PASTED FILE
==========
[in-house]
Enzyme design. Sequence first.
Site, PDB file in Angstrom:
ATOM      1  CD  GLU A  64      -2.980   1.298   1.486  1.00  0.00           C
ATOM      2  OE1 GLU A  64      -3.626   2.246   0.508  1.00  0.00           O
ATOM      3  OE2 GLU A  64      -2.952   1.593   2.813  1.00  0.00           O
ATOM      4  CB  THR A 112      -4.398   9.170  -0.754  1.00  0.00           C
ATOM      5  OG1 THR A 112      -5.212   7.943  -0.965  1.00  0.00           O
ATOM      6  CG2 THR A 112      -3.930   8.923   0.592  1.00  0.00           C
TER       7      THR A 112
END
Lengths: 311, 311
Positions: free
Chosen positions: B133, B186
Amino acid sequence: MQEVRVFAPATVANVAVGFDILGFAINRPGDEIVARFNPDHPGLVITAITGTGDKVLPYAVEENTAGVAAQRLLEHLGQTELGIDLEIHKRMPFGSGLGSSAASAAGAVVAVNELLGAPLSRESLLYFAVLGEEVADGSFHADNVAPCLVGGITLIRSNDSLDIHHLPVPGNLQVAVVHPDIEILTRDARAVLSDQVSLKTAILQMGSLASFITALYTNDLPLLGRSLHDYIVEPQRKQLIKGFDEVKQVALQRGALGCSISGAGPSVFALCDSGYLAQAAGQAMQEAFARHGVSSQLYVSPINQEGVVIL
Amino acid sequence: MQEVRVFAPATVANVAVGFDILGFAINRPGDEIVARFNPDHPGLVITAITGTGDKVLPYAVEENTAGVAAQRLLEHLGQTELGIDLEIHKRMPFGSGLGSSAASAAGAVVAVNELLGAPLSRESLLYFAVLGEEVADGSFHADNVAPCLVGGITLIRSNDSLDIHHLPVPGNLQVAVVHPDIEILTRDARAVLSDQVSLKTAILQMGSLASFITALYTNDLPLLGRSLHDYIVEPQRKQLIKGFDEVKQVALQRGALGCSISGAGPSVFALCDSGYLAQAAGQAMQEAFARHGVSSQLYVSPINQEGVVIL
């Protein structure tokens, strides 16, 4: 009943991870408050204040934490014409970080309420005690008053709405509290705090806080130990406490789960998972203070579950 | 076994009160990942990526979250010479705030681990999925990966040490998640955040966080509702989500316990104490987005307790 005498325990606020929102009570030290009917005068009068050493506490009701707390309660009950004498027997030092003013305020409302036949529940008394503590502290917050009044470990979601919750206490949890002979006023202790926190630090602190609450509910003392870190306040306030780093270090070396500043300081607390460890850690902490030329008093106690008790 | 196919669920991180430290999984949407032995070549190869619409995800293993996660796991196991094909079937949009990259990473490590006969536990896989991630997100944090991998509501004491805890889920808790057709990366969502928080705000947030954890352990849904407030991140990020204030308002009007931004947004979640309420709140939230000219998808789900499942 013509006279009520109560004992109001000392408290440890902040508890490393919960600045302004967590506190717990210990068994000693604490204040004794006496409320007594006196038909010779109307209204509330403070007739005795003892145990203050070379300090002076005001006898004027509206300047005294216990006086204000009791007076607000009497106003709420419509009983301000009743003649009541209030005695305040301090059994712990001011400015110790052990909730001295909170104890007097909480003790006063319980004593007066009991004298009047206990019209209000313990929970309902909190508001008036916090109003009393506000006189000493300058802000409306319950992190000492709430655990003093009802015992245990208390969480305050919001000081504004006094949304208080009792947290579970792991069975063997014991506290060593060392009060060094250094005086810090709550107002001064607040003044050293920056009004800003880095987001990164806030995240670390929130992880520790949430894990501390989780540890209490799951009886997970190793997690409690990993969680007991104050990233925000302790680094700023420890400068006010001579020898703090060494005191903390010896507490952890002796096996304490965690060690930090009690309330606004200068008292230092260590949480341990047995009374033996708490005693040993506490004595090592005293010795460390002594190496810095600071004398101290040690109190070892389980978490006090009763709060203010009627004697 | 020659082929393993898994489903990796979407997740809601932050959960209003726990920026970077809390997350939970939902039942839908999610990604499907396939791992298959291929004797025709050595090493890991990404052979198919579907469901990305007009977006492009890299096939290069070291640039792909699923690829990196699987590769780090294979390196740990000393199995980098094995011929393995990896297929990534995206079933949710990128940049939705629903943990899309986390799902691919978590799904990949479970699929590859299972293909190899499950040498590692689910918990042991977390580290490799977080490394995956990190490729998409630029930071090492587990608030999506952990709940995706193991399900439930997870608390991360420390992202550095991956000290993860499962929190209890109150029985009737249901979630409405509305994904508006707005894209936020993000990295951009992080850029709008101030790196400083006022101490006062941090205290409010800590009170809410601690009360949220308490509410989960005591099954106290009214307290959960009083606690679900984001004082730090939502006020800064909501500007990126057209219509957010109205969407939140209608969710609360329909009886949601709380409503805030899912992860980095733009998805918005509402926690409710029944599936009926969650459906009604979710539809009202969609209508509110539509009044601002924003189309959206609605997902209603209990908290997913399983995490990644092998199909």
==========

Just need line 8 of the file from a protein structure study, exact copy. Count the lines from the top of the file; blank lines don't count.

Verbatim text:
ATOM      5  OG1 THR A 112      -5.212   7.943  -0.965  1.00  0.00           O